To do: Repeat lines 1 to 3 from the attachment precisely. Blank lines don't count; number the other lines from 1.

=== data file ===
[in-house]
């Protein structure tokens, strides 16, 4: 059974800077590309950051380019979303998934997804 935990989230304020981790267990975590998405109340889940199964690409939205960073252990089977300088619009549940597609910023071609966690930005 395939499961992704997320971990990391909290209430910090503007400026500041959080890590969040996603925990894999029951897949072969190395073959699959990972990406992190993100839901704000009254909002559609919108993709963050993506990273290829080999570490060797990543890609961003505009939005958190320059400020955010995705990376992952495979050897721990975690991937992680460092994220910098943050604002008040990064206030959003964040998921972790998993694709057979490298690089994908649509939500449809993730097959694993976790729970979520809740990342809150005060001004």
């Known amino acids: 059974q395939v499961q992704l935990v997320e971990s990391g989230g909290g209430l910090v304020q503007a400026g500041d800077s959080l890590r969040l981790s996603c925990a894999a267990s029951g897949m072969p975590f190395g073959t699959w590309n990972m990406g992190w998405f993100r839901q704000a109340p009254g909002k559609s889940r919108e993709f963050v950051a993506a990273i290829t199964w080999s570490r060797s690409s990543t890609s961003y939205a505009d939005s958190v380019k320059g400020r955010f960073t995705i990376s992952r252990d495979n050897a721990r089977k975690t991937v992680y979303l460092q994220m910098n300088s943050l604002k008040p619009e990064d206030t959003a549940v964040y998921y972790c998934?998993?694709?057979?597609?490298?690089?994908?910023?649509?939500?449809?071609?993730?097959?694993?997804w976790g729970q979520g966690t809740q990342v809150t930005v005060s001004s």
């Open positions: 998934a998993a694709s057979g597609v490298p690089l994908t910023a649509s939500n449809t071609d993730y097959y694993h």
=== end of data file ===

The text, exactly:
[in-house]
């Protein structure tokens, strides 16, 4: 059974800077590309950051380019979303998934997804 935990989230304020981790267990975590998405109340889940199964690409939205960073252990089977300088619009549940597609910023071609966690930005 395939499961992704997320971990990391909290209430910090503007400026500041959080890590969040996603925990894999029951897949072969190395073959699959990972990406992190993100839901704000009254909002559609919108993709963050993506990273290829080999570490060797990543890609961003505009939005958190320059400020955010995705990376992952495979050897721990975690991937992680460092994220910098943050604002008040990064206030959003964040998921972790998993694709057979490298690089994908649509939500449809993730097959694993976790729970979520809740990342809150005060001004």
């Known amino acids: 059974q395939v499961q992704l935990v997320e971990s990391g989230g909290g209430l910090v304020q503007a400026g500041d800077s959080l890590r969040l981790s996603c925990a894999a267990s029951g897949m072969p975590f190395g073959t699959w590309n990972m990406g992190w998405f993100r839901q704000a109340p009254g909002k559609s889940r919108e993709f963050v950051a993506a990273i290829t199964w080999s570490r060797s690409s990543t890609s961003y939205a505009d939005s958190v380019k320059g400020r955010f960073t995705i990376s992952r252990d495979n050897a721990r089977k975690t991937v992680y979303l460092q994220m910098n300088s943050l604002k008040p619009e990064d206030t959003a549940v964040y998921y972790c998934?998993?694709?057979?597609?490298?690089?994908?910023?649509?939500?449809?071609?993730?097959?694993?997804w976790g729970q979520g966690t809740q990342v809150t930005v005060s001004s």